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like this

public class MyClass { 
  public static instance = new MyClass();
 private List<int> idList; 
}

. I am using this class in two different window application. like this MyClass.instance.IdList.Add(1); All data in idList i am storing in file and fetching info from that file. I am adding value to idList in one app and I am fetching idList info in another app. but it is not showing idList content in second application which is added by first apllication. How to achive this?

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Please clarify your question - it's very difficult to figure out what you're after –  Jaco Pretorius Dec 23 '09 at 11:25
    
Do you mean you want a cross process List<int>, or merely access the same list from two different windows? –  RichardOD Dec 23 '09 at 11:28
    
ya. I want to access same List from two different window applications –  jolly Dec 23 '09 at 11:30

8 Answers 8

up vote 0 down vote accepted

why not you are using xml as a mediator between two application. Use XML for the communication.

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XML is a bit heavy handed for an ID list. –  Matt Ellen Dec 23 '09 at 14:01
    
yeah I have used XML file to store data in the list. And I have deserialized it in second application. now working fine. –  jolly Dec 23 '09 at 15:11
    
But my experience is not good with Message Queue. Some time it pick data randomly from the queue. –  Pankaj Dec 24 '09 at 6:04

Maybe Remoting helps you. It allows you to let other applications access functions in your server application over the internet (or a local network). So the code is executed on the server application. Here is an example: http://www.codeproject.com/KB/IP/Net_Remoting.aspx

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Maybe you are aware of this already, but types declared static are local to a single process (application). Reading your example it appears that you are expecting the static instance to be shared and accessible between applications. This is not the case.

A standard way to do what you need is to create a 3rd application/process that exposes synchronised access to a list that both of the other applications can add/remove items from.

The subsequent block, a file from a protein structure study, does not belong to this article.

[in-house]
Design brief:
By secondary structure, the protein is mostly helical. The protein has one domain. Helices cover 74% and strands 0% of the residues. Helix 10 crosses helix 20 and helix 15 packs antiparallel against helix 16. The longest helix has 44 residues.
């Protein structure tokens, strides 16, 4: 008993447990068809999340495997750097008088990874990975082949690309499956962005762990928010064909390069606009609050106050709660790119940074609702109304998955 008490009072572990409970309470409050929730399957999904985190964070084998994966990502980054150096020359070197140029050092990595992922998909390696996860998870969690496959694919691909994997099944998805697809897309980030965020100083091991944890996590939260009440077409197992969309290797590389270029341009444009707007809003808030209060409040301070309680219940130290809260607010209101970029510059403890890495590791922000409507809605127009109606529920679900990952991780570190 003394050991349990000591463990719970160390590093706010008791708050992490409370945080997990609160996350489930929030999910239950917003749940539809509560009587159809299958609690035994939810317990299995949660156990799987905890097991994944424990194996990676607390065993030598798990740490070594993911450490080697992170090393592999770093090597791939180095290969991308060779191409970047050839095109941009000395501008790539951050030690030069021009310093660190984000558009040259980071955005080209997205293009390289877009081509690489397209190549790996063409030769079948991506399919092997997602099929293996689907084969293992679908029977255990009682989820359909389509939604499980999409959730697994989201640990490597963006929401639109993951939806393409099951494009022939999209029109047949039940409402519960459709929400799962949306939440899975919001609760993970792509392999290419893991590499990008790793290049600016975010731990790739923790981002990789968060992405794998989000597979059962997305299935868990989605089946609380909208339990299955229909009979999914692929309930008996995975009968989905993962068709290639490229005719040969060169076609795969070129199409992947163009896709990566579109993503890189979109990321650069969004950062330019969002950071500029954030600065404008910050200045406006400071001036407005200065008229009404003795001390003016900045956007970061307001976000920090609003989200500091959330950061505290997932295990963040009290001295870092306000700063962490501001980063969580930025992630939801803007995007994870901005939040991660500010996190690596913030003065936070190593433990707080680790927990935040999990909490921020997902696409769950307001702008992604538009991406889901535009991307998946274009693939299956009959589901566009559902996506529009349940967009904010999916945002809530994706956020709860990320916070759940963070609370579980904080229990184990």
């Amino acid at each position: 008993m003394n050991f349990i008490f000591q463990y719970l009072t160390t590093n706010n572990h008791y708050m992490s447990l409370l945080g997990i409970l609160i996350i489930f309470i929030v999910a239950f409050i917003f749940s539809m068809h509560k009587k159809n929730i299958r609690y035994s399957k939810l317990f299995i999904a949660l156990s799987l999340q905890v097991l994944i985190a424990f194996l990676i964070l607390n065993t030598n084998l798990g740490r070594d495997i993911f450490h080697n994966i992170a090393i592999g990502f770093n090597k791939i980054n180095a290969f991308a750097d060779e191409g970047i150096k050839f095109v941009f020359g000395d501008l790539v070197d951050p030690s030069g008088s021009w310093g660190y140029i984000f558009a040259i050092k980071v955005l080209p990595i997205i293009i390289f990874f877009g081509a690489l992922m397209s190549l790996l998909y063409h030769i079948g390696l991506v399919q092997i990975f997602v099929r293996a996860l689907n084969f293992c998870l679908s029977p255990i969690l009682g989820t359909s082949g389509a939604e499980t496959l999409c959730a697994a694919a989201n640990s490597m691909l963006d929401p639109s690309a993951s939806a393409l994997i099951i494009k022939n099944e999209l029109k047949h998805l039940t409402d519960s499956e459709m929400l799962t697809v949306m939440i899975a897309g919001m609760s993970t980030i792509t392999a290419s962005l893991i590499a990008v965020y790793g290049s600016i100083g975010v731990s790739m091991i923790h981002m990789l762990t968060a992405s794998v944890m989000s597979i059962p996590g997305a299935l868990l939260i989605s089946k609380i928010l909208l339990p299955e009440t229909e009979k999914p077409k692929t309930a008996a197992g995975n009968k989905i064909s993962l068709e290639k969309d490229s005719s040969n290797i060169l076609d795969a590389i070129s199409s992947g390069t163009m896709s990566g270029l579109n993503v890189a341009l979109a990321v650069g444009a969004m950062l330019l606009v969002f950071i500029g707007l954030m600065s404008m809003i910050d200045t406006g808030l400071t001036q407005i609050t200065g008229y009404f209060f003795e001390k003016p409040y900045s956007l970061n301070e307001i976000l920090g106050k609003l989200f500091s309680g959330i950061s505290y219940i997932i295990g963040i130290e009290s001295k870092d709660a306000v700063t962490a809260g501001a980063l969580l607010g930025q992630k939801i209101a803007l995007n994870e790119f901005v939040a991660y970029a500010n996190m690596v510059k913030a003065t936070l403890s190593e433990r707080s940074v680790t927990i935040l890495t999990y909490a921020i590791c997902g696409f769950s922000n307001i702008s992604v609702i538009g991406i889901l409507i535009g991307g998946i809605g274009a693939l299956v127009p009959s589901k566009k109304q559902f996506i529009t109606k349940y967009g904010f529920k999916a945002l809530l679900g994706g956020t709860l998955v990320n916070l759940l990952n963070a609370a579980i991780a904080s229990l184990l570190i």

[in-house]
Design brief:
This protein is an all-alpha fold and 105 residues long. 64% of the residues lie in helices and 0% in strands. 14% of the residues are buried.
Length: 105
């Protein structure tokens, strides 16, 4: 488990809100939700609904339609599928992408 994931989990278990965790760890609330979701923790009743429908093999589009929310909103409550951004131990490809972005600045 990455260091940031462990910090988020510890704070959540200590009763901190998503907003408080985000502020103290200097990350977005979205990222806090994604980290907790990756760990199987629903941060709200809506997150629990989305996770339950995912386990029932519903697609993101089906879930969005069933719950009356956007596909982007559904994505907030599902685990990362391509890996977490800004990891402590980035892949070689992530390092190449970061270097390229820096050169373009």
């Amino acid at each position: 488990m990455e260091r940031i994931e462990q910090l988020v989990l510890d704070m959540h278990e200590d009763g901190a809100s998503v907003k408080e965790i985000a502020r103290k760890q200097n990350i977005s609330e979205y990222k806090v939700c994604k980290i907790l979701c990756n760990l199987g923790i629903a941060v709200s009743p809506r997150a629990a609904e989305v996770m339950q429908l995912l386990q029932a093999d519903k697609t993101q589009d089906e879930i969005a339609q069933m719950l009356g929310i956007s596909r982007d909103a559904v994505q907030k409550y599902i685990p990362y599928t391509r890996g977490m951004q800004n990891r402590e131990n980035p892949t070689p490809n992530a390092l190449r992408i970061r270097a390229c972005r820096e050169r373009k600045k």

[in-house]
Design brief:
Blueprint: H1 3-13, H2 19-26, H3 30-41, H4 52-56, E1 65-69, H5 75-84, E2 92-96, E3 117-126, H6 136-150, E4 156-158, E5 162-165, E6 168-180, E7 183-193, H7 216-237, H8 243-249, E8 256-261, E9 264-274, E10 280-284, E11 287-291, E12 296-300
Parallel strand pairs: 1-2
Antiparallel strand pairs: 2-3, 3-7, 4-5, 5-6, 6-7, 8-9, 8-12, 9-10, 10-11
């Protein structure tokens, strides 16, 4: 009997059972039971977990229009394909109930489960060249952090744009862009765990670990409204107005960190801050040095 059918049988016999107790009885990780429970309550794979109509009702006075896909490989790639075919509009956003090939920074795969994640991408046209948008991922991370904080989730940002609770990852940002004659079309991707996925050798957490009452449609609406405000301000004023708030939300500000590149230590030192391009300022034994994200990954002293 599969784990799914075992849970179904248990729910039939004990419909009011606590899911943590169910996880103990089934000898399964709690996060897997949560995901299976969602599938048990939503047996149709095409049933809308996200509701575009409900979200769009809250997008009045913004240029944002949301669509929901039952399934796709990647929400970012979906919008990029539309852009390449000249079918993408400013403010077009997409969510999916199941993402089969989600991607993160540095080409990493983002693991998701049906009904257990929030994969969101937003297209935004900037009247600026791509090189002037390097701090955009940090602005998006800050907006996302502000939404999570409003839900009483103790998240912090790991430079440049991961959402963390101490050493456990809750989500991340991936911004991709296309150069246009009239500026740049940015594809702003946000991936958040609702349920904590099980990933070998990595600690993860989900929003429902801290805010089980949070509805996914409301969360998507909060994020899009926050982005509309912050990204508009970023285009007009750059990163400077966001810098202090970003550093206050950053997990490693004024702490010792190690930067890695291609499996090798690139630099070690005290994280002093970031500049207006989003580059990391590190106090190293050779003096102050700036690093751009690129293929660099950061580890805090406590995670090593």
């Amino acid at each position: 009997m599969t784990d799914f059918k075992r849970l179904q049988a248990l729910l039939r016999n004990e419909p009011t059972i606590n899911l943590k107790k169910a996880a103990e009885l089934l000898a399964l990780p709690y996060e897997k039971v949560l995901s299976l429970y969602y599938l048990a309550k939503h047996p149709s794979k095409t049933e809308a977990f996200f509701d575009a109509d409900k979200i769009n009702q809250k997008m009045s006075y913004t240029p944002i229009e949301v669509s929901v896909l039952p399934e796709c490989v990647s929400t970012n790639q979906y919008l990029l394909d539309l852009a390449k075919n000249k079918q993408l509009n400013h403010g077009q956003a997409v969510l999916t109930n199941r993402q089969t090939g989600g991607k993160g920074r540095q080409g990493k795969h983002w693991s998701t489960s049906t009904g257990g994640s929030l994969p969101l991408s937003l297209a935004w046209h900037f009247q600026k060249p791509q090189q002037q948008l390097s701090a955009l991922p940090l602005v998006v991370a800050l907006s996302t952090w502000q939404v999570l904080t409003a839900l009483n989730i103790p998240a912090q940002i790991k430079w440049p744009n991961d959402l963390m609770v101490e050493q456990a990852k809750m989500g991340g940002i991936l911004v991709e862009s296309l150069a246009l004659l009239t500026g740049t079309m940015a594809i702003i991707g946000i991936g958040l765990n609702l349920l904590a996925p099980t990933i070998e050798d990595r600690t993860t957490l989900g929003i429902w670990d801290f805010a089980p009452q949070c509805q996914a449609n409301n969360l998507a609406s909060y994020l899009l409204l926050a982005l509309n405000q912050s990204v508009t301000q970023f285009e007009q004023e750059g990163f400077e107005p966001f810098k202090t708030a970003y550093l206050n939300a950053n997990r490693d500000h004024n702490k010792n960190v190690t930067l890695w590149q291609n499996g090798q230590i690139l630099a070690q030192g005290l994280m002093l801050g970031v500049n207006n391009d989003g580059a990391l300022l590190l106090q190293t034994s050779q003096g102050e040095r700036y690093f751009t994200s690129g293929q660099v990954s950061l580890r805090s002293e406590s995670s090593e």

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+1 for the "static" explanation. I think that's what jolly was trying to do... –  Cédric Rup Dec 23 '09 at 12:12

Here are a few ways to share data between applications:

WCF would be my preferred way to do this and I will add some explanation here

1) Use of WCF - Host a WCF service with following functionality [Effort: Moderate]

//Notice the use of Publisher -Subscriber pattern here (each app will subscribe to the service, the service could be hosted by all apps at certain endpoint i.e. net.pipe://localhost/NotificationService (Since multiple applications will try to host the same service only one would succeed and that's exactly what we want)

void Subscribe(object);
void Unsubscribe(object);

// Any client wanting to add an object to the list will call Add

void Add(object objectToAdd);

// Iterate through each subscribing app and send a notification that list changed

void Notify();

// Return the current state of list

IEnumerable<object> GetYourList();

2) Use of Clipboard [Effort: Simple]

3) Use of File system & listening to the file change notification [Effort: Simple]

4) Memory Mapped Files [Effort: Simple-Moderate]

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If you are gonna use .Net 4.0, you could use Memory Mapped Files.

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How about using the SQL Server Compact Edition?

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I think this is the prefect candidate for a Message Queue

With the message queue, you can add IDs to the queue in one app, and pull them off in another.

This page gives a good example of how to implement queues: Use Microsoft Message Queuing in C# for inter-process communication

The MSDN gives an example service here: C#: A Message Queuing Service Application

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Message Queue is the best way of communicating. However cheque that you need to enable the "Microsoft Message Queue" component before you can use the service.

Further, we can get real time data exchange as it also creates event, if configured to do so. and FIFO way of accessing the message will enable to process each and every message without missing any single message.

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